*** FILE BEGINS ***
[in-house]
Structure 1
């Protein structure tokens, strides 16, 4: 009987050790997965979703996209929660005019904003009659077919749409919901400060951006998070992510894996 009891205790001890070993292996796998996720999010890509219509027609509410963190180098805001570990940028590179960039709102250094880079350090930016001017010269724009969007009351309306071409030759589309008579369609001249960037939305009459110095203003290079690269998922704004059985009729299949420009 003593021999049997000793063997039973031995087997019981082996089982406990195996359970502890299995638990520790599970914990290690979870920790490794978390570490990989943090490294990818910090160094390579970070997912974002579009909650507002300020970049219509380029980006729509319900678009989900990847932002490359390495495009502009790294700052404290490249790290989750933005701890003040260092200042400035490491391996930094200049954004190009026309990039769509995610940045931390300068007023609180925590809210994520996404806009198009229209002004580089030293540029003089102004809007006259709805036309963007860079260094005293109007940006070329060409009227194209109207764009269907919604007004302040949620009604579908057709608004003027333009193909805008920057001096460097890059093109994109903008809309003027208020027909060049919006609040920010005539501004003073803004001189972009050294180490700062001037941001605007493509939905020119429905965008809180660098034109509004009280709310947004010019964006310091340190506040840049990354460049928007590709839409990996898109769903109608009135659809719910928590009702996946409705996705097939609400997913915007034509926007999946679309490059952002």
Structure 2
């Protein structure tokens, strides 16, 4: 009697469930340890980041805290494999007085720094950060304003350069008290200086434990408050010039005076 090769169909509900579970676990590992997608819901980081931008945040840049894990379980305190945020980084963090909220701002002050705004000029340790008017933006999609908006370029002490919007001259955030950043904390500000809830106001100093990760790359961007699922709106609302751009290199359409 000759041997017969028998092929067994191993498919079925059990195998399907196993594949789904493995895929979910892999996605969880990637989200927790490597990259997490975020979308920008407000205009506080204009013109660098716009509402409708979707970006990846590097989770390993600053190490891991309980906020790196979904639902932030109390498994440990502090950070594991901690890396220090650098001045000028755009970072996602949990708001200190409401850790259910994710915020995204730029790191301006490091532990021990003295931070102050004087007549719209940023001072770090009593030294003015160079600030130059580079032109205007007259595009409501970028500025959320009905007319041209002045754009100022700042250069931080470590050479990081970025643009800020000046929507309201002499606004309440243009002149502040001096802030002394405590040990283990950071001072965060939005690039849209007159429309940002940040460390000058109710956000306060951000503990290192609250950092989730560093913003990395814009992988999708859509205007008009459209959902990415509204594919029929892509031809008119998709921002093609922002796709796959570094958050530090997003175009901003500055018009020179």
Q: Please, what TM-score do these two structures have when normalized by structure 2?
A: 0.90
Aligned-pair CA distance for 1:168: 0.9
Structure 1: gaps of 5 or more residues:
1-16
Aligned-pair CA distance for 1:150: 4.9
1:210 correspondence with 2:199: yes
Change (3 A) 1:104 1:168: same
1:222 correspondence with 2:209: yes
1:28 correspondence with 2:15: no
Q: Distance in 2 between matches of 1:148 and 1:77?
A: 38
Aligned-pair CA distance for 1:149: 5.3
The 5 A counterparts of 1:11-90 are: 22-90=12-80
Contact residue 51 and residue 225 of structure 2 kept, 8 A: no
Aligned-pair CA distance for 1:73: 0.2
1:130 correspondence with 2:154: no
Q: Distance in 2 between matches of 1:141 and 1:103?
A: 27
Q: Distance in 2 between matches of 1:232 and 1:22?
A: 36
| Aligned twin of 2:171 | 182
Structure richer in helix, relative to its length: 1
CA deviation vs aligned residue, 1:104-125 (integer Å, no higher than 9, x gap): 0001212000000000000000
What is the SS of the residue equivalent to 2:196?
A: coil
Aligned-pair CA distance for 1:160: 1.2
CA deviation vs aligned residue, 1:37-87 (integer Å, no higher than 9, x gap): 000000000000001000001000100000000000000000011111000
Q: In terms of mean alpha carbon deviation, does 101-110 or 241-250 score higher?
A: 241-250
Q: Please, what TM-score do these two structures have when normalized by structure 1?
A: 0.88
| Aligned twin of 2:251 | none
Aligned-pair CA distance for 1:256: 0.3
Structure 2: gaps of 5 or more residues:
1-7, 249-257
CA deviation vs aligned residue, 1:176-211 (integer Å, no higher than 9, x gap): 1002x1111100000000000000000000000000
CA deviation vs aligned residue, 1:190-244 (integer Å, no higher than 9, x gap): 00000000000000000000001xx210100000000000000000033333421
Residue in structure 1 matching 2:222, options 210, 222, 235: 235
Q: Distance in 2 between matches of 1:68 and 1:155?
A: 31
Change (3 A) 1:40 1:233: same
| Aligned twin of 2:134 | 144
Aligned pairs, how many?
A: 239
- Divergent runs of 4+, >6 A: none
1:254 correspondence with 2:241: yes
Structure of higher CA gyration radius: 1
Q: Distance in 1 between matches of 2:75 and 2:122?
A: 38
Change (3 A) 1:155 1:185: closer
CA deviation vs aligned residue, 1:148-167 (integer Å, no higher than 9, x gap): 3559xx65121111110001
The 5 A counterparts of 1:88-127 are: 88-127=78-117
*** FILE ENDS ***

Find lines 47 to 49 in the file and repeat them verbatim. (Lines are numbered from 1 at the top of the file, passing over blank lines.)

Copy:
Change (3 A) 1:40 1:233: same
| Aligned twin of 2:134 | 144
Aligned pairs, how many?